Georgieva also noted that while Sub-Saharan Africa has not issued any debt, the rest of the world has done just that, taking advantage of low interest rates.
In essence, most African countries are just borrowing, but not lending.
According to Georgieva, to fill the financing gap Africa would face between now and 2023, African countries themselves would need “to concentrate on ambitious reforms, to make themselves more attractive for investments from private sectors and also more capable of mobilizing domestic finances” for recovery and growth.
But, with the crisis still hitting hard, she said the IMF would continue to support Africa and others should too.
“We are going to continue to do more, we made a strong call to our membership for more concessional financing, for subsidy resources, so we can extend more support for Africa, and we are calling on others, especially in terms of providing grants, please step up, now is the time to help the continent,” she said.
Jaime Atienza, Oxfam International’s Debt Policy Lead, said in a statement that debt cancelation for the poorest countries in the world is the way to survive the economic turmoil they are facing as a result of COVID-19 pandemic.
“With the economic chaos caused by COVID-19 threatening to set the fight against poverty back decades, extending the Debt Service Suspension Initiative was the bare minimum the G20 could do. Despite the common framework announced – good news to deal with deep solvency problems but with details still unknown – the failure to cancel debt payments will only delay the tsunami of debt that will engulf many of the world’s poorest countries, leaving them unable to afford the investment in healthcare and social safety nets so desperately needed,” Atienza said.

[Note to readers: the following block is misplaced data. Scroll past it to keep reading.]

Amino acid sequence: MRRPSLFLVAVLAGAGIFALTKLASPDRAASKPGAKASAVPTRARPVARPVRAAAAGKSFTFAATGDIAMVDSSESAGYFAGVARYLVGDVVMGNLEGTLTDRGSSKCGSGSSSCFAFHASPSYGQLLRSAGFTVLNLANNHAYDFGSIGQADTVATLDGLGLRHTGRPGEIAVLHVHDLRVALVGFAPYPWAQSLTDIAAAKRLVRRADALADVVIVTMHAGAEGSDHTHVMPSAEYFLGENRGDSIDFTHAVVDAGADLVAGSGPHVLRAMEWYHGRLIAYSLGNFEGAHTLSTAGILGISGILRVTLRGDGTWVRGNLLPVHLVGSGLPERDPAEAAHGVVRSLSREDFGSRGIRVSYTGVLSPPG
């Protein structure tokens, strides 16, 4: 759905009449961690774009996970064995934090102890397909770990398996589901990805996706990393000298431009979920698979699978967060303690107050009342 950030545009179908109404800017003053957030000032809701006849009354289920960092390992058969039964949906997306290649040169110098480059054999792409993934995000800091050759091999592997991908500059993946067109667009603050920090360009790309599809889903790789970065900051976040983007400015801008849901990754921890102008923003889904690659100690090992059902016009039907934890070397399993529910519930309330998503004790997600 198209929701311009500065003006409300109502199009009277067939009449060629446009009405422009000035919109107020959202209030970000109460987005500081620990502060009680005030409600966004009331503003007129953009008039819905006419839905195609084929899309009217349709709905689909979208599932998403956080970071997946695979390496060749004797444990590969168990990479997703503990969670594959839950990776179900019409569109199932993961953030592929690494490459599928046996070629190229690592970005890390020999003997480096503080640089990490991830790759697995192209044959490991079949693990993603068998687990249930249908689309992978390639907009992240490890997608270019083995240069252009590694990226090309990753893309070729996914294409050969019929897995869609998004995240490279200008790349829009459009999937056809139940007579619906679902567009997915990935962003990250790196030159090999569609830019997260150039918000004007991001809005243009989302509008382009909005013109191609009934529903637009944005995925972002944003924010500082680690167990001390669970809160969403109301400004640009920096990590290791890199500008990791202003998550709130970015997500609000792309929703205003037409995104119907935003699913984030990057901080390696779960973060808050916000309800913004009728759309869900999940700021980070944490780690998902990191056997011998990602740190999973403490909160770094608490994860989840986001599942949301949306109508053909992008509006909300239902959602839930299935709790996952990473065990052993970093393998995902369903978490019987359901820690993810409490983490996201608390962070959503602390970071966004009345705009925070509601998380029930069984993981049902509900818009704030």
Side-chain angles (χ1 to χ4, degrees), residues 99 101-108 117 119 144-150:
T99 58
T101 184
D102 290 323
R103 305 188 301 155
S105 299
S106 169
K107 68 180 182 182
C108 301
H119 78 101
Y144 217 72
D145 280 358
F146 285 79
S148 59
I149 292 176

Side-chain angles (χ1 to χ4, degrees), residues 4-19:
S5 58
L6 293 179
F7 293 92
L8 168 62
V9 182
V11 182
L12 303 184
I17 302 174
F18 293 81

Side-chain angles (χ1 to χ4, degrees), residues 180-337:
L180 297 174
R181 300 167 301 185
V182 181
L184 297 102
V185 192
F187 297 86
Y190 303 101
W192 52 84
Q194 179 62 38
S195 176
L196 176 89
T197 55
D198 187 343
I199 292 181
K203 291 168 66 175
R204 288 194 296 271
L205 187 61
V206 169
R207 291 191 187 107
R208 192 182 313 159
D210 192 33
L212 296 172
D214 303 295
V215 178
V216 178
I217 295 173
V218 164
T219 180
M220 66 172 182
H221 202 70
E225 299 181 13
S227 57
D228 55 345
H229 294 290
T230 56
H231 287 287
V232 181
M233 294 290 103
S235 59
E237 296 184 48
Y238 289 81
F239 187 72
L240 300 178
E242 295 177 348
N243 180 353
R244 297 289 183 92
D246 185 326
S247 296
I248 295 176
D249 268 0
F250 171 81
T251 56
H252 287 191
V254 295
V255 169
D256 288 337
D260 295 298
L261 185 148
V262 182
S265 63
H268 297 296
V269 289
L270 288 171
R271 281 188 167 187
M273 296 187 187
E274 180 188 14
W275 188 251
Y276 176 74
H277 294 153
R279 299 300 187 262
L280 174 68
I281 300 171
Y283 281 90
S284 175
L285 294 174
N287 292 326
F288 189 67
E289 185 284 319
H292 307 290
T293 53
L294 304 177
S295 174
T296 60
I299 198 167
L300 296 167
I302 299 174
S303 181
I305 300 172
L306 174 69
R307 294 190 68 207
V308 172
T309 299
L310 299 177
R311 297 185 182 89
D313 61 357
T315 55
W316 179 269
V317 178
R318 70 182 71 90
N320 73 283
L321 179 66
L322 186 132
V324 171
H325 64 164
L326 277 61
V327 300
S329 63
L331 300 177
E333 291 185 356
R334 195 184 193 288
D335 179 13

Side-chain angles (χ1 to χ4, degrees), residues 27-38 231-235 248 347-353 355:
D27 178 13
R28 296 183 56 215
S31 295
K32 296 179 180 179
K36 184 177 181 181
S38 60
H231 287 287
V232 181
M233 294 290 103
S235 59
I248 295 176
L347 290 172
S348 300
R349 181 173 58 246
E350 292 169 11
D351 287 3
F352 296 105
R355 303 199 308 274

Atienza added: “It is scandalous that powerful private lenders and multilateral institutions like the World Bank are still excluded – private sector debt still has no independent mechanism for review. Poor countries are continuing to repay debts to rich banks and hedge funds instead of investing in their COVID-19 response. Zambia is on the verge of default; others will follow if the G20 and private creditors don’t change course soon.
“Cancellation of debt is possible. Investment giants including BlackRock recently agreed a haircut of up to 50 per cent on their private debt with Argentina and Ecuador, yet there have been no such concessions for the poorest countries. If the G20 want to seriously support hundreds of millions of people get through this pandemic, debt should be cancelled by rich countries, multilaterals and private lenders alike.
“Additionally, after seven years of negotiations, the G20 has failed to build global consensus on digital taxation. Until an agreement can be reached, countries should be protected from trade sanctions to make their own rules to tax digital giants. It’s immoral that poor countries are continuing to lose at least $100 billion in revenue to tax havens, as they struggle with debt and a critical lack of resources to fight this pandemic.”